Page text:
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Thursday, July 24, 2014

Funerals and rituals

Posted Wednesday, August 26, 2009, at 5:03 PM

My family has had several deaths in the past months and it has lead me to observation of people and the grief process.

I see several interesting traits among families and the south.

I have lived in several different cultures and every culture has a different way of expressing grief and letting a loved one go.

In the South I have noticed a interesting practice, people pull over and stop when a caravan of hearse and mourners come by. Where I used to live that would have gotten you ticketed or in the same boat as the dead guy. It is a interesting practice. I have almost ran over some folks in the past until i got this down pat.

Is this a law here in the south or a courtsey?

Southerners also bring food. LOTS of food for the family which is a nice thing, except when you have had fried chicken for 3 days in a row.

The viewing is a interesting thing. It is not a sorrowful affair as you might think.

People come and go and register in a book. They chat and eat.. children play.

It reeks of formaldehyde and flowers. People share stories if the deceased and cry with one another.

Southerners also have cool tombstones.

My grandfather passed away the day before my birthday. He was so ready to go. He was 96 and since my grandmother had passed in February he just did not want to live any longer.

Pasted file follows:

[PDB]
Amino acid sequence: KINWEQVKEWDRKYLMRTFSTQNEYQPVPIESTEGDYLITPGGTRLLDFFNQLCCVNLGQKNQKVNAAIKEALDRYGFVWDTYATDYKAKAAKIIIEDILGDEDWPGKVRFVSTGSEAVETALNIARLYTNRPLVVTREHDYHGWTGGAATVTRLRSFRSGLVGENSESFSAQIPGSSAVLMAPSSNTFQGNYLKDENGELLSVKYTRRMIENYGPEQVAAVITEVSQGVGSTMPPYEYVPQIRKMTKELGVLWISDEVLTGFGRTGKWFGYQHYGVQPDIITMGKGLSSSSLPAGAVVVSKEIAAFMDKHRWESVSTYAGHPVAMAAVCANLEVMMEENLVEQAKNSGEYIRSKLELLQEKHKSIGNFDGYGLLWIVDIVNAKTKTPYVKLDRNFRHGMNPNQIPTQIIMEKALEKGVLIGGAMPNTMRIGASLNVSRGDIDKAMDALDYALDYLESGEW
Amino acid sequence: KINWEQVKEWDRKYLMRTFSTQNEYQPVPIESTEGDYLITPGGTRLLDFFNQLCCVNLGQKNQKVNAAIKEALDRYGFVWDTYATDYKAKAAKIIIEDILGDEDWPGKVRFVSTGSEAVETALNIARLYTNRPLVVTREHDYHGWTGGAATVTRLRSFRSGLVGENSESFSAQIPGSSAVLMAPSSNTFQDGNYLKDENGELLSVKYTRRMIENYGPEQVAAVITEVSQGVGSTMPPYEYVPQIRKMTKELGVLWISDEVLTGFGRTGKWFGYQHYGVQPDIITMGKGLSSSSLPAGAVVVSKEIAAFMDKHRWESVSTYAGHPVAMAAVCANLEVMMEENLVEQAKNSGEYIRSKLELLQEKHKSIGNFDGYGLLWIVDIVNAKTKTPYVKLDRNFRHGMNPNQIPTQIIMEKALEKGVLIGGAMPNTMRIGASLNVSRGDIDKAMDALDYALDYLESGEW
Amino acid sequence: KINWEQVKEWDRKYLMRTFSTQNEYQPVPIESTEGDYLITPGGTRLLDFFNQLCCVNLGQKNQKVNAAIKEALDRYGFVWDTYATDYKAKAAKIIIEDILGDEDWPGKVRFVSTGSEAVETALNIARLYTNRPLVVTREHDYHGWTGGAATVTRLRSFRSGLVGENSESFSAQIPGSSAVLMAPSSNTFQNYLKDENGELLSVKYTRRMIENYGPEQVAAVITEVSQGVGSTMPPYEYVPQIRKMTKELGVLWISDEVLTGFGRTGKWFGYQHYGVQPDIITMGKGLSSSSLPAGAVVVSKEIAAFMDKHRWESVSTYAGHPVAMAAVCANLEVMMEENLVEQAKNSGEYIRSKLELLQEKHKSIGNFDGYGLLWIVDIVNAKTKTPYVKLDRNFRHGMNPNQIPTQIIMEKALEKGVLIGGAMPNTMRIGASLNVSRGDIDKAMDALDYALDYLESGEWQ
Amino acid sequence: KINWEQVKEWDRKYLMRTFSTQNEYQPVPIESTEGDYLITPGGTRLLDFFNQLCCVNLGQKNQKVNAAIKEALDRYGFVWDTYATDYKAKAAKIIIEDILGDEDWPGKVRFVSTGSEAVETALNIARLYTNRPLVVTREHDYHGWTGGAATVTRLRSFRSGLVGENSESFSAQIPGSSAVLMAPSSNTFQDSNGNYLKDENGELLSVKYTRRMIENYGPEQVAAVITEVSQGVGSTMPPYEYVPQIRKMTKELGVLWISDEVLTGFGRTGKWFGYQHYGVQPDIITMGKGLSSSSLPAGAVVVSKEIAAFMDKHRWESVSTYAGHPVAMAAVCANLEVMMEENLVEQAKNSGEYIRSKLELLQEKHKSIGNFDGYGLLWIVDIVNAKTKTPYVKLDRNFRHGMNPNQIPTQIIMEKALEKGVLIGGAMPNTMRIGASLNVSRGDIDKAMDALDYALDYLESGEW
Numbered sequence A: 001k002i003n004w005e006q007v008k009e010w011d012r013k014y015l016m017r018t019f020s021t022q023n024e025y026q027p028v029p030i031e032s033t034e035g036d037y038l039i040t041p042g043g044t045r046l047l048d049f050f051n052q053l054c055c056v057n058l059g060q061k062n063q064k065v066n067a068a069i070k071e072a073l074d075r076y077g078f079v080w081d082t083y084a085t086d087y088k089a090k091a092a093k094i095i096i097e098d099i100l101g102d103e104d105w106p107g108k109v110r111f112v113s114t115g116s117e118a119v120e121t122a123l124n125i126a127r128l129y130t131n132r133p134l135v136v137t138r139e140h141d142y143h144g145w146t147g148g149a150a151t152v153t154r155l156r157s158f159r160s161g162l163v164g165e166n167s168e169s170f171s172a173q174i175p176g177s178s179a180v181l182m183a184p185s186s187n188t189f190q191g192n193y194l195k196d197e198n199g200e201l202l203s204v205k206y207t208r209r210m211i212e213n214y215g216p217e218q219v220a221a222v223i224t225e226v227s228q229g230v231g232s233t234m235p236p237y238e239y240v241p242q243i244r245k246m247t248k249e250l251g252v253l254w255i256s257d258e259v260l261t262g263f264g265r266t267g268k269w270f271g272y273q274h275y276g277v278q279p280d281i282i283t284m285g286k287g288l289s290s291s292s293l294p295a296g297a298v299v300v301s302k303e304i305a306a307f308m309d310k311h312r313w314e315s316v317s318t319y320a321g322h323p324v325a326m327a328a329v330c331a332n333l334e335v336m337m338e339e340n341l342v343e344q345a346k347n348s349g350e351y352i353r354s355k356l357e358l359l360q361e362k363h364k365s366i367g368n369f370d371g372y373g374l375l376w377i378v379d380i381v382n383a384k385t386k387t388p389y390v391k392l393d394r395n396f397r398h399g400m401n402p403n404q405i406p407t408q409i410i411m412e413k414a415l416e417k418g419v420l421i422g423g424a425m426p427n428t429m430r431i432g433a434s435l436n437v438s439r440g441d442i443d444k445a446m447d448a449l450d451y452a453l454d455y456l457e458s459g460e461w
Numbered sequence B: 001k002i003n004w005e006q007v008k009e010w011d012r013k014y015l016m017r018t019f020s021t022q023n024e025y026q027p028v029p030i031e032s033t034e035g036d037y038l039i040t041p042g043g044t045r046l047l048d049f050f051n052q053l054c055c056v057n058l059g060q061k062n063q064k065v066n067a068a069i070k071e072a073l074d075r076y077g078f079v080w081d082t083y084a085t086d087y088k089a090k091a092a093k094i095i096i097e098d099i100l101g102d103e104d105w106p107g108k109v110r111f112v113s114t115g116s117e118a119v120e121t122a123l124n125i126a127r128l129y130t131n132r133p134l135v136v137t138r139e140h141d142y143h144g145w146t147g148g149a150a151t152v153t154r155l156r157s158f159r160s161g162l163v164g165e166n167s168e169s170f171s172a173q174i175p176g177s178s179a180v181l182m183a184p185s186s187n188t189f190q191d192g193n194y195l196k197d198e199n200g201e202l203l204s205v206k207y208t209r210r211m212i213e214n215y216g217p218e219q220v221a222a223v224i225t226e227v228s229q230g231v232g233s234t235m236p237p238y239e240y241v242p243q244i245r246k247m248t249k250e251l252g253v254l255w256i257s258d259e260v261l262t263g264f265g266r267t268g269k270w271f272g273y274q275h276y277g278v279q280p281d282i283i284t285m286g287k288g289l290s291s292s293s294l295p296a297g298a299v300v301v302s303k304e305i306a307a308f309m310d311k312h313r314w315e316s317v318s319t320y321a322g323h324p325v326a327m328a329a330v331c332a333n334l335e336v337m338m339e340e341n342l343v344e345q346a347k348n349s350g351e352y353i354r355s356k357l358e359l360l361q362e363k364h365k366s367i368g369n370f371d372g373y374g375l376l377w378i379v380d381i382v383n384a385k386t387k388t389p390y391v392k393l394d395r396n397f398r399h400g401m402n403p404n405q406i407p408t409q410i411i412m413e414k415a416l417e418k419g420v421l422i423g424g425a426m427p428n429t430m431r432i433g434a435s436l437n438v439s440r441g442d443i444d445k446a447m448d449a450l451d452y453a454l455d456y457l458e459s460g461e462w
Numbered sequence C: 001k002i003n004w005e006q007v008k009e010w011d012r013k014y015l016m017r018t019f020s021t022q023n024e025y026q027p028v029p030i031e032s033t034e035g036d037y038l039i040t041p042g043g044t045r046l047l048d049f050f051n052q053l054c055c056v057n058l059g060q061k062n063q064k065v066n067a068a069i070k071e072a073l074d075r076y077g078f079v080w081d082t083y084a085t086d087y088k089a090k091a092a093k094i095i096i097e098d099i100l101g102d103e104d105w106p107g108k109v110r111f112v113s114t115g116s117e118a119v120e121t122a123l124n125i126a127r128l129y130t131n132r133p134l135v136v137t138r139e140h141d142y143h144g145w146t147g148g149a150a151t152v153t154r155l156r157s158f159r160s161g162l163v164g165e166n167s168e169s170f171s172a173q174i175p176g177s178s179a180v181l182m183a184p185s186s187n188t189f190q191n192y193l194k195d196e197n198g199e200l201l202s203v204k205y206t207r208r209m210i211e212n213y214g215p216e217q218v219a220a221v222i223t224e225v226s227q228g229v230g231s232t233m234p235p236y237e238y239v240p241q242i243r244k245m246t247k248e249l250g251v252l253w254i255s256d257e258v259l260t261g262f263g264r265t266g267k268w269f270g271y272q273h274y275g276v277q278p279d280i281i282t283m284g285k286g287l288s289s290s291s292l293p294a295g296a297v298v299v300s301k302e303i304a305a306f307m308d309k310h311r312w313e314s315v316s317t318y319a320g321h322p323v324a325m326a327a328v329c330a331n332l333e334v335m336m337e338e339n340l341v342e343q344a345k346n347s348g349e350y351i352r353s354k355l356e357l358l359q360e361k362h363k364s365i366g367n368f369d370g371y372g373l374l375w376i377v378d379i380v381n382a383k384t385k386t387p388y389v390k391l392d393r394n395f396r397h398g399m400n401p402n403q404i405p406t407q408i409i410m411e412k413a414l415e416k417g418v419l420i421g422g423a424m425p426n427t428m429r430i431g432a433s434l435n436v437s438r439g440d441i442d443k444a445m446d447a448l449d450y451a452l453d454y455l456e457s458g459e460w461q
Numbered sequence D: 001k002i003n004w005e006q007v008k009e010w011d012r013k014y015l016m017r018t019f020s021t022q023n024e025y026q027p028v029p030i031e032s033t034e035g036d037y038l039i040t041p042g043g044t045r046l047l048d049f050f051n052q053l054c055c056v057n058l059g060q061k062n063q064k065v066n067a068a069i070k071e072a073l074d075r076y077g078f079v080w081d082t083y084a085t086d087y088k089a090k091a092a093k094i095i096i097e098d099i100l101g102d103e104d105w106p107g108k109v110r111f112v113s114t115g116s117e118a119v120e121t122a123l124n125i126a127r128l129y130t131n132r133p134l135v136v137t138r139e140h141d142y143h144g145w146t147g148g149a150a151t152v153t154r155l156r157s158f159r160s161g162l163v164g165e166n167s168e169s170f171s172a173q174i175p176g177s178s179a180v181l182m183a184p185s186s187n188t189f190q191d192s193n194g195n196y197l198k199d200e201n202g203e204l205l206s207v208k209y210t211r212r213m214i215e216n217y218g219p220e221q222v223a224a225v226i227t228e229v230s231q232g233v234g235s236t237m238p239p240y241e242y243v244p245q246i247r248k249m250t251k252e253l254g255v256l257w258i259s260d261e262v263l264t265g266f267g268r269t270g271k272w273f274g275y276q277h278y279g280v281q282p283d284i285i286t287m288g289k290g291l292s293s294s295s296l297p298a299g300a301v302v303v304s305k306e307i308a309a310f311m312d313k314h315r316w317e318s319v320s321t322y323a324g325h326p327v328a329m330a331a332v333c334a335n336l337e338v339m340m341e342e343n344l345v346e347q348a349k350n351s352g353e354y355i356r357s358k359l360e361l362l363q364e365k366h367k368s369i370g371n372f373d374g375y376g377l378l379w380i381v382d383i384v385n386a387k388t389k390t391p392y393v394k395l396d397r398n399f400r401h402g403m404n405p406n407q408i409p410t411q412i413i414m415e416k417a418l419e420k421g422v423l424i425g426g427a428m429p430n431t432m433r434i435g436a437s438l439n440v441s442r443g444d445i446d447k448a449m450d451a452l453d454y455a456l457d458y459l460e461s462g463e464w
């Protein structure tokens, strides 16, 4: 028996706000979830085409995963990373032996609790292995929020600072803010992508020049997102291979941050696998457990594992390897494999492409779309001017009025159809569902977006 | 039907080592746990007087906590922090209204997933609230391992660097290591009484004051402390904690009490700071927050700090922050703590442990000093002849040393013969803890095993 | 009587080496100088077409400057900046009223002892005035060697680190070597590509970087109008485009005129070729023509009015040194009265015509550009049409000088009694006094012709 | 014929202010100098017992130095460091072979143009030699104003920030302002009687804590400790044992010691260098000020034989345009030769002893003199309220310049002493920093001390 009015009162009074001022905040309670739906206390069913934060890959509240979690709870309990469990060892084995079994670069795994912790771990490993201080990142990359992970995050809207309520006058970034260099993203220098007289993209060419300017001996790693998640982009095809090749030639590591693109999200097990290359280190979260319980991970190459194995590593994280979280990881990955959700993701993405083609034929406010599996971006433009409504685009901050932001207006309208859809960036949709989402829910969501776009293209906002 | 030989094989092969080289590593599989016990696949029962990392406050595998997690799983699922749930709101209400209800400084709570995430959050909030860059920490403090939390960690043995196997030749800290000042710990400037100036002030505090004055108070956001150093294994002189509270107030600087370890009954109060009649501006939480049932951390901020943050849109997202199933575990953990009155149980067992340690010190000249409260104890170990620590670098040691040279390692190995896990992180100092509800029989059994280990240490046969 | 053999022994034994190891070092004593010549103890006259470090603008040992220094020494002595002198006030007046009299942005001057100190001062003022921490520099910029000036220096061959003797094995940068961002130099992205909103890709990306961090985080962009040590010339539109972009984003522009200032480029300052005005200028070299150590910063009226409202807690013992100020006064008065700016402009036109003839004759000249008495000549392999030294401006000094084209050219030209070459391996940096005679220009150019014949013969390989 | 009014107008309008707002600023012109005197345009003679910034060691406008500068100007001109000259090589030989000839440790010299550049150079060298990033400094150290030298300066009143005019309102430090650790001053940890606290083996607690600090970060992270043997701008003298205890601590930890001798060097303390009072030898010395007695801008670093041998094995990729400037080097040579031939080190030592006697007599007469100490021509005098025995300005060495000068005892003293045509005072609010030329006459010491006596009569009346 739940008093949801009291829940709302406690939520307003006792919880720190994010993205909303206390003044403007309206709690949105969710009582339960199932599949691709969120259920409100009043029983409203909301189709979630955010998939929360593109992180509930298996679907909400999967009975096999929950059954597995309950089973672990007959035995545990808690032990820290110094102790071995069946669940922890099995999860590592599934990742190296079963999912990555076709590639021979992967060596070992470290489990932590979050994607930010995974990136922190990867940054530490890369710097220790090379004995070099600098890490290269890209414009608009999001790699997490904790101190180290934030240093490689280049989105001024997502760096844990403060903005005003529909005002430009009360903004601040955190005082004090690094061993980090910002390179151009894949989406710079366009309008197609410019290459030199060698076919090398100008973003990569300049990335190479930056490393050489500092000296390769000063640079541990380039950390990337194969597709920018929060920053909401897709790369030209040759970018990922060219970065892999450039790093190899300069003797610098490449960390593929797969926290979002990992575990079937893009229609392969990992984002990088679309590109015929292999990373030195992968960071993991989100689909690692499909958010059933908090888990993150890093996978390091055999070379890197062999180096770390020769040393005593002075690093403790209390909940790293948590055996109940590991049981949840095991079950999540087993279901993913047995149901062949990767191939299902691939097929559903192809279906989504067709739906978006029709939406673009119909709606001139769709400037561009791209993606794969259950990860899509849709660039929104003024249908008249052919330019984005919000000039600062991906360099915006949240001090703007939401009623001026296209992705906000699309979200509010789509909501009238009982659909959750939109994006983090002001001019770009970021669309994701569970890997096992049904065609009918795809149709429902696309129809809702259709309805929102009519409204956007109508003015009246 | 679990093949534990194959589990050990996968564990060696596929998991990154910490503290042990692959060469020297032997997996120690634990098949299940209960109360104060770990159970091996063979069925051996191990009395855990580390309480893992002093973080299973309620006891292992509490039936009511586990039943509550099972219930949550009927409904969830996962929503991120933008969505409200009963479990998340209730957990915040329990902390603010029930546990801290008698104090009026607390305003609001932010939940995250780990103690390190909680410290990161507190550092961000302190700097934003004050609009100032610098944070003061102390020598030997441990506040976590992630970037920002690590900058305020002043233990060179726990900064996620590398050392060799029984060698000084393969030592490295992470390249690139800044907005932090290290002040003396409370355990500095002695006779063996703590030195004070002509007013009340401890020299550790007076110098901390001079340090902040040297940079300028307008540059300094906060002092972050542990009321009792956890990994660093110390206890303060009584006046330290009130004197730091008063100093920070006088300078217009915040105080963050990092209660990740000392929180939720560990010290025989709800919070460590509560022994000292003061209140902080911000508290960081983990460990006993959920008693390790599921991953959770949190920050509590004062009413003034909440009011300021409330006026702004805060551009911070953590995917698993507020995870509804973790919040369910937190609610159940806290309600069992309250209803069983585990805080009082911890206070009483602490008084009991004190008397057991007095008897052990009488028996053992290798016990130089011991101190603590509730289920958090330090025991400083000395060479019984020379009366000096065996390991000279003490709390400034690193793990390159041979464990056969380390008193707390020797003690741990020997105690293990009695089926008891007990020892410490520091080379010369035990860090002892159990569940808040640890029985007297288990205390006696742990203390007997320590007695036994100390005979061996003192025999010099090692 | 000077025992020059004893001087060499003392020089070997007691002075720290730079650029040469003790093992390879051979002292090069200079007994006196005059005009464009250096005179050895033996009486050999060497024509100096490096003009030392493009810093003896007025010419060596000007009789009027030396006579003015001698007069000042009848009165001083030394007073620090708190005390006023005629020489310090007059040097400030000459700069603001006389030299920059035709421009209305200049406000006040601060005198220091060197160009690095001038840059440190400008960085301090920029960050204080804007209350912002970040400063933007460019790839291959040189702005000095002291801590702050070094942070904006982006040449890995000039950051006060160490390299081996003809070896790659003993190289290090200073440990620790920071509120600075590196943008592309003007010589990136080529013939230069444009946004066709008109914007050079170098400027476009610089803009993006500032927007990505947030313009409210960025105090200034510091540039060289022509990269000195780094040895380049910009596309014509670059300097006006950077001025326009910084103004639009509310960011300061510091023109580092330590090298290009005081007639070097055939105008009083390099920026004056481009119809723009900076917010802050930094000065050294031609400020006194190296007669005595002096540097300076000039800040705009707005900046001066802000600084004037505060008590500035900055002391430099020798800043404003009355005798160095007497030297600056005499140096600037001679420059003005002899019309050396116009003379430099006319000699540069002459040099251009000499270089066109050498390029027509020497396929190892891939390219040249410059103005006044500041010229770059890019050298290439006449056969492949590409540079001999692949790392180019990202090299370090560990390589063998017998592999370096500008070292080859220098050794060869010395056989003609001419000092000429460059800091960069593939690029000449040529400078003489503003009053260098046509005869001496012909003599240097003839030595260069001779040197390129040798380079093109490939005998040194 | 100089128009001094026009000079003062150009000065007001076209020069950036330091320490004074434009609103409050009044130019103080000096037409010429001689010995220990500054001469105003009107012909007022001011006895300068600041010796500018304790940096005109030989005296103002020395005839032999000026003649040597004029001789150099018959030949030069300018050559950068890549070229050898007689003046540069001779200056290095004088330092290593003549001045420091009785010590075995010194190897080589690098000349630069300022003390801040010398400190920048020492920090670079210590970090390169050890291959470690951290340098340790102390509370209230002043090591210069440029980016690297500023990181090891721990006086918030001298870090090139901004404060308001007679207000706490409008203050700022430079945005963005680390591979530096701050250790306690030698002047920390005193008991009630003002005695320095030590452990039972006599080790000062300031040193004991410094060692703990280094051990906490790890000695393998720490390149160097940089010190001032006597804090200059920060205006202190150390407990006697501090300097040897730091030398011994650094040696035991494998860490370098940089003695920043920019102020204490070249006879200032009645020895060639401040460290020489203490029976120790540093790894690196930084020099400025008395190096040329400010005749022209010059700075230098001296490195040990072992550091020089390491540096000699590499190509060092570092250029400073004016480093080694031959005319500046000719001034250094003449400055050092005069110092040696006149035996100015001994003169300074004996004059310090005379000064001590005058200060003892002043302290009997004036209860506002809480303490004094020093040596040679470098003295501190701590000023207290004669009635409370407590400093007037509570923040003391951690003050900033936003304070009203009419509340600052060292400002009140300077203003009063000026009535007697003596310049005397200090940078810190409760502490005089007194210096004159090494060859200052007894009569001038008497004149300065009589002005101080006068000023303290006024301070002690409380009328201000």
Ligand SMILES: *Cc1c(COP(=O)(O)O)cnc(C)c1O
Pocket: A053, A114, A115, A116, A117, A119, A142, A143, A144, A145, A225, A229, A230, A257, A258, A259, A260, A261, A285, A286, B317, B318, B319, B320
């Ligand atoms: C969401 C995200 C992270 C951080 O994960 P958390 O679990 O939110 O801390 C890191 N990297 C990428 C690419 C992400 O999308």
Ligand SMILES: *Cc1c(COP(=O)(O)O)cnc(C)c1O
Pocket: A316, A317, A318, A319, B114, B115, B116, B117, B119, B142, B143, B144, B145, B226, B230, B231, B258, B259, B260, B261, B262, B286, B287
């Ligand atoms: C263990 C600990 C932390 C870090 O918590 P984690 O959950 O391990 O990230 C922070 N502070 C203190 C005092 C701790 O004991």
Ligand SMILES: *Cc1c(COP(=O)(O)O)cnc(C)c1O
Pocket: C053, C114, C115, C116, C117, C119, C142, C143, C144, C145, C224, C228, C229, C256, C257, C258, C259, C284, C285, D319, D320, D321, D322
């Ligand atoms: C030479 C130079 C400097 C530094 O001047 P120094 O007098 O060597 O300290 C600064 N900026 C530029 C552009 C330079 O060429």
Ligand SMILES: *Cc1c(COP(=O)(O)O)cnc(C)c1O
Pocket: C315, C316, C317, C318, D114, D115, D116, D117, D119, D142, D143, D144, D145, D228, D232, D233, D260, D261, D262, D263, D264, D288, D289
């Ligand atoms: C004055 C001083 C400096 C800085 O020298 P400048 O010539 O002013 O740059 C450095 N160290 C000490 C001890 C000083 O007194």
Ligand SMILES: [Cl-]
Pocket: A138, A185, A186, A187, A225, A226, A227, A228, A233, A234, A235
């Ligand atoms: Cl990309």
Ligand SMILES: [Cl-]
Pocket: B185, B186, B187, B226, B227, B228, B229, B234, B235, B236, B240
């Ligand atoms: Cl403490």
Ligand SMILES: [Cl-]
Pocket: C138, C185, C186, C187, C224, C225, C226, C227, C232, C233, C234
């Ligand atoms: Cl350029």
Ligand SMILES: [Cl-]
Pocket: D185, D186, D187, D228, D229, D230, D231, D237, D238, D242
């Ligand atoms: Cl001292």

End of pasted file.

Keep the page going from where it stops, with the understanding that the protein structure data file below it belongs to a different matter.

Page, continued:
I can understand that.

Dealing with the death and the estate can be a over whelming thing for the living. I have been praying for my aunties whom are dealing with a lot on their plates right now.

Everyone goes through the process of grief differently.

What are some of your customs and traditions in the funeral process? For some it was a celebration of life lived, for others is is a devastation of a life cut short too soon.

I have instructed my son on what i want when i am dead.

No sappy music, play Jimi Hendrix, Doors and The Final Countdown.

Instead of flowers to flood someone's house, give to a charity like Tabby's Place or the Humane association. the living need stuff I don't.

Put a joke on my headstone.. please.. don't be so serious.

Everyone party, I may have left left you money.

Do NOT bury me in a dress, I will come back to haunt you. Leather, black something.. no dress.

Oh, and let me know if my tattoo's look ok with embalming fluid.

Have a happy day.


Comments
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The pulling over is a act of courtesy, though some don't do it, the pulling off of hats is another.

I have been to a funeral in New Orleans, that is how I want to go out, I have considered cremation, but Missy is not to fond of the ideal though. The body is all that dies, for I will be eternal in Heaven so I ain't to worried how they do me between this life and the next one.

The food comes from the all day wakes people used to have when funerals were held in peoples houses, where the family out of respect for the dead would set up all night with him or her.

-- Posted by michaelbell on Wed, Aug 26, 2009, at 5:26 PM

Pulling over for an oncoming funeral procession is not required by law, it's just a sign of respect.

http://www2.michie.com/tennessee/lpExt.d...

It's a shame we wait until someone is dead to show them that much respect though.

-- Posted by quietmike on Wed, Aug 26, 2009, at 5:34 PM